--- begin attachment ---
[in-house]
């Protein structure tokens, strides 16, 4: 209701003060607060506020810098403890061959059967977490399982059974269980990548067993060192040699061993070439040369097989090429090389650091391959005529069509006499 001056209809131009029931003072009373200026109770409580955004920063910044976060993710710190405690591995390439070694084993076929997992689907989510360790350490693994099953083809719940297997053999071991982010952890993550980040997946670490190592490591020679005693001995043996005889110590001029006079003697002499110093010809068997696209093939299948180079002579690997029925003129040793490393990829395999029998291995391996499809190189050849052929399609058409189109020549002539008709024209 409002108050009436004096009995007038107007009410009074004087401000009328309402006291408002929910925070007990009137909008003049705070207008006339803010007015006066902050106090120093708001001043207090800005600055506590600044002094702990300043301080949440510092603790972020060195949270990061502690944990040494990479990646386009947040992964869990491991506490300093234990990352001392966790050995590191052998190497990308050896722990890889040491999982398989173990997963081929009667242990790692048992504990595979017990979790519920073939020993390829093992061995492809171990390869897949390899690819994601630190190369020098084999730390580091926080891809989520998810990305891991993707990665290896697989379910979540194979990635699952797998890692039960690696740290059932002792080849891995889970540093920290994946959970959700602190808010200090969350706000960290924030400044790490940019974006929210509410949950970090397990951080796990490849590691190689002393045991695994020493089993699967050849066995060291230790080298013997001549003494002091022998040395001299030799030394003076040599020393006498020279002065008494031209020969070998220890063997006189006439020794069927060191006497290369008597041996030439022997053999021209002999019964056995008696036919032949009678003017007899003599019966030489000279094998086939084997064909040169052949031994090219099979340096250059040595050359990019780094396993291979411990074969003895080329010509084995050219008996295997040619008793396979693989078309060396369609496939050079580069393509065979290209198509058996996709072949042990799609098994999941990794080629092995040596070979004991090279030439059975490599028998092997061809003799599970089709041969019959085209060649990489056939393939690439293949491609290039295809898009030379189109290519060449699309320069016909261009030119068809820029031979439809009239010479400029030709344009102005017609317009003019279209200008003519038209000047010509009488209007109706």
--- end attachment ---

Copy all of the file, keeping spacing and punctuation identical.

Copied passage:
[in-house]
């Protein structure tokens, strides 16, 4: 209701003060607060506020810098403890061959059967977490399982059974269980990548067993060192040699061993070439040369097989090429090389650091391959005529069509006499 001056209809131009029931003072009373200026109770409580955004920063910044976060993710710190405690591995390439070694084993076929997992689907989510360790350490693994099953083809719940297997053999071991982010952890993550980040997946670490190592490591020679005693001995043996005889110590001029006079003697002499110093010809068997696209093939299948180079002579690997029925003129040793490393990829395999029998291995391996499809190189050849052929399609058409189109020549002539008709024209 409002108050009436004096009995007038107007009410009074004087401000009328309402006291408002929910925070007990009137909008003049705070207008006339803010007015006066902050106090120093708001001043207090800005600055506590600044002094702990300043301080949440510092603790972020060195949270990061502690944990040494990479990646386009947040992964869990491991506490300093234990990352001392966790050995590191052998190497990308050896722990890889040491999982398989173990997963081929009667242990790692048992504990595979017990979790519920073939020993390829093992061995492809171990390869897949390899690819994601630190190369020098084999730390580091926080891809989520998810990305891991993707990665290896697989379910979540194979990635699952797998890692039960690696740290059932002792080849891995889970540093920290994946959970959700602190808010200090969350706000960290924030400044790490940019974006929210509410949950970090397990951080796990490849590691190689002393045991695994020493089993699967050849066995060291230790080298013997001549003494002091022998040395001299030799030394003076040599020393006498020279002065008494031209020969070998220890063997006189006439020794069927060191006497290369008597041996030439022997053999021209002999019964056995008696036919032949009678003017007899003599019966030489000279094998086939084997064909040169052949031994090219099979340096250059040595050359990019780094396993291979411990074969003895080329010509084995050219008996295997040619008793396979693989078309060396369609496939050079580069393509065979290209198509058996996709072949042990799609098994999941990794080629092995040596070979004991090279030439059975490599028998092997061809003799599970089709041969019959085209060649990489056939393939690439293949491609290039295809898009030379189109290519060449699309320069016909261009030119068809820029031979439809009239010479400029030709344009102005017609317009003019279209200008003519038209000047010509009488209007109706």